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Plans afoot to revitalize historic house

Plans afoot to revitalize historic house

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A vacant house — a relic from a bygone era that sits across from Davenport Central High School — has been given by a bank to the Hilltop Campus Village in hopes the nonprofit can find someone to buy and fix it up.

The 19th-century brick home had gone into foreclosure and has been boarded up for at least three years. The Wells Fargo real estate office recently donated it to the Hilltop organization under the bank's Community and Urban Stabilization Program. 

In addition to being repaired for residential use, the building also could have a commercial future, possibly as a law or accounting office, or an antique or clothing shop, said Scott Tunnicliff, the director of the Hilltop association that represents the business/residential district at the top of Harrison Street.

Or it could be both, with a commercial use on the first floor and residential on the second, he added.

The house is just south of the Hilltop and could become a cornerstone for commerce and the neighborhood, Tunnicliff said. "It's critical to have a cornerstone," he said.  "We want someone to rejuvenate it and make it vital again."

Anyone interested is asked to contact Tunnicliff.

The ball got rolling on this project about two years ago when Tunnicliff and Marion Meginnis, a leader in the nearby Gold Coast neighborhood, both noticed that the home's windows were being broken and the property was being vandalized.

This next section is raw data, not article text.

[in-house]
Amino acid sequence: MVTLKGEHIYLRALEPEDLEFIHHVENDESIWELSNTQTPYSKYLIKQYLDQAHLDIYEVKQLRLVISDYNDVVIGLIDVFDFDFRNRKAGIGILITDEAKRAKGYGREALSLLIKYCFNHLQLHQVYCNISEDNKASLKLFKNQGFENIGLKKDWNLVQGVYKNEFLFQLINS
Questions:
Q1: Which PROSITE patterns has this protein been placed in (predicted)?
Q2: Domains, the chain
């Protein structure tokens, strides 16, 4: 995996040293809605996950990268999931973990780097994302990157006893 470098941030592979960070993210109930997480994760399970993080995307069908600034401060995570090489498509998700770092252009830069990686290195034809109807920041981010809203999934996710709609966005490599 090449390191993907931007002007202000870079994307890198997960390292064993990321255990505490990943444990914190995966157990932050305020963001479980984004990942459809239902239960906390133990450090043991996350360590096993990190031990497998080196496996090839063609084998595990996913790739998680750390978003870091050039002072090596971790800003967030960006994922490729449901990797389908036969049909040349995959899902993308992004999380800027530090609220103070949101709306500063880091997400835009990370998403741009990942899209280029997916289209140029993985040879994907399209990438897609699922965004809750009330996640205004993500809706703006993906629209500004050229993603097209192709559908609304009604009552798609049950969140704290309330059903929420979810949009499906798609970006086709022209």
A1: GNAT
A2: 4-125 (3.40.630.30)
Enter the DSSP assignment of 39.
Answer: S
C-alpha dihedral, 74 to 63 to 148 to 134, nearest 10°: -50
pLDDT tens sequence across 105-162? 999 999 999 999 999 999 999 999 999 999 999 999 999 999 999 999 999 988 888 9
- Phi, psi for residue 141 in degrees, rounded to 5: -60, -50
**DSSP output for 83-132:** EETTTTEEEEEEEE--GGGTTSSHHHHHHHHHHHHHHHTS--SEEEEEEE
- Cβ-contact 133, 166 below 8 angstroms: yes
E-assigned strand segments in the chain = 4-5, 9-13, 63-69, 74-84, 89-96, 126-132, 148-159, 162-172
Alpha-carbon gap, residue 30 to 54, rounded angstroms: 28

They contacted the city's Community Service Division, which boarded up the house Jan. 8, 2011, to prevent further damage, and then Tunnicliff contacted Wells Fargo.

In addition to its cornerstone possibilities, other reasons for wanting to find a new buyer for the house are that it is a contributing structure of the College Square Historic District and that it is simply attractive, he said.

Ryan Rusnak, a planner for the city of Davenport, said the house "is almost a relic of what that landscape looked like" when it was built in the 1800s, a time when residential neighborhoods were making their way up the bluff from downtown, he said.

Nowadays, the home pretty much stands alone in a sea of concrete and institutional buildings, "but I like to envision what the area used to look like," he said. "(The house) tells a story of the past use. That's what's cool about it."

The building does not need extensive work: The roof, brick exterior, and heating and electrical systems are all in good shape, said Meginnis, who has inspected the property.

The biggest single expense likely would be to replace the broken windows. The breakage is a shame, she said, because the windows were original, the kind with wavy glass.

In addition to the boarding-up done by the city, Wells Fargo re-boarded the building in December 2013.

In 2013, Wells Fargo donated more than 1,600 low-value, bank-owned properties to nonprofit organizations and cities across the country for redevelopment, according to company documents.


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